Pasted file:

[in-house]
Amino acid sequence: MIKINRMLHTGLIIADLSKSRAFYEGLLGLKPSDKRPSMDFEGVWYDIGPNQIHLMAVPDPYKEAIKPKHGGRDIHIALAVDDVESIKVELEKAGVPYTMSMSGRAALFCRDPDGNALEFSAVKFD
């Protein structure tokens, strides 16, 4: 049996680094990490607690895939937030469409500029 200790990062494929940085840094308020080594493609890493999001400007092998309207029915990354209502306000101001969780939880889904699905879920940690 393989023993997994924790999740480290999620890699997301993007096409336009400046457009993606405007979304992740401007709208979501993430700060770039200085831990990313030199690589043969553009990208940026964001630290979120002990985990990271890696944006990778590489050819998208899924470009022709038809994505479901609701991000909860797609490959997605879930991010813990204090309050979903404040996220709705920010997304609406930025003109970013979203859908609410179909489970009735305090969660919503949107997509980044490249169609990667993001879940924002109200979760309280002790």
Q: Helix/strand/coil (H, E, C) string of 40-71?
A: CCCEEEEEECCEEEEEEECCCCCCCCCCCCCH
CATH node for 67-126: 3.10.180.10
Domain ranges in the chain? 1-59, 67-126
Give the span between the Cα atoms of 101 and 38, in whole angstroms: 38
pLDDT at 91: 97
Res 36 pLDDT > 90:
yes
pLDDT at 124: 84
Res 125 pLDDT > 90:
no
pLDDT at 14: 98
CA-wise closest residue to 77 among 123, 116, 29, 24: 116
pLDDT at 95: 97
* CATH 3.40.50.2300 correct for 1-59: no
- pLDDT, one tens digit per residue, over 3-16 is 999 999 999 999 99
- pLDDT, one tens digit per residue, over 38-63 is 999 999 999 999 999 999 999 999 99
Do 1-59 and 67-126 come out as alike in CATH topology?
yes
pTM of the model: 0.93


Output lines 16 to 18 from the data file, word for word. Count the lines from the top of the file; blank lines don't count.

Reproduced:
CA-wise closest residue to 77 among 123, 116, 29, 24: 116
pLDDT at 95: 97
* CATH 3.40.50.2300 correct for 1-59: no